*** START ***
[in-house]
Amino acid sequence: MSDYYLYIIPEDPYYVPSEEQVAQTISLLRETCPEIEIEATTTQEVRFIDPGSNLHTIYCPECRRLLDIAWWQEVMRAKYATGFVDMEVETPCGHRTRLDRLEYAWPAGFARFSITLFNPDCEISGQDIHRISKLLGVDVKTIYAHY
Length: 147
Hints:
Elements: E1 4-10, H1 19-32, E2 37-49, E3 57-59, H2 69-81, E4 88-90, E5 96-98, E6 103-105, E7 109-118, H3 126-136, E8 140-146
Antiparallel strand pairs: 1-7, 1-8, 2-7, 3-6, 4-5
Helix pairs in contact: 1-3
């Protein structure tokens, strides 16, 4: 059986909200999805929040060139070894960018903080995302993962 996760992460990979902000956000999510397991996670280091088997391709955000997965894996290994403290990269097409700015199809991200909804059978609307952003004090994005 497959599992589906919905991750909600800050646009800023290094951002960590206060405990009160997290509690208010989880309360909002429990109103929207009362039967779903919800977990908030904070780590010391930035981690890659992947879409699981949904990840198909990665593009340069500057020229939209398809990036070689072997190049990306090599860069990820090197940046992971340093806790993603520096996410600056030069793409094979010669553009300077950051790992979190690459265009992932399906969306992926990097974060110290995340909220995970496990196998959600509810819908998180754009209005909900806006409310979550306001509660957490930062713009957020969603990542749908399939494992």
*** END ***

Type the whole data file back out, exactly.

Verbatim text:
[in-house]
Amino acid sequence: MSDYYLYIIPEDPYYVPSEEQVAQTISLLRETCPEIEIEATTTQEVRFIDPGSNLHTIYCPECRRLLDIAWWQEVMRAKYATGFVDMEVETPCGHRTRLDRLEYAWPAGFARFSITLFNPDCEISGQDIHRISKLLGVDVKTIYAHY
Length: 147
Hints:
Elements: E1 4-10, H1 19-32, E2 37-49, E3 57-59, H2 69-81, E4 88-90, E5 96-98, E6 103-105, E7 109-118, H3 126-136, E8 140-146
Antiparallel strand pairs: 1-7, 1-8, 2-7, 3-6, 4-5
Helix pairs in contact: 1-3
């Protein structure tokens, strides 16, 4: 059986909200999805929040060139070894960018903080995302993962 996760992460990979902000956000999510397991996670280091088997391709955000997965894996290994403290990269097409700015199809991200909804059978609307952003004090994005 497959599992589906919905991750909600800050646009800023290094951002960590206060405990009160997290509690208010989880309360909002429990109103929207009362039967779903919800977990908030904070780590010391930035981690890659992947879409699981949904990840198909990665593009340069500057020229939209398809990036070689072997190049990306090599860069990820090197940046992971340093806790993603520096996410600056030069793409094979010669553009300077950051790992979190690459265009992932399906969306992926990097974060110290995340909220995970496990196998959600509810819908998180754009209005909900806006409310979550306001509660957490930062713009957020969603990542749908399939494992």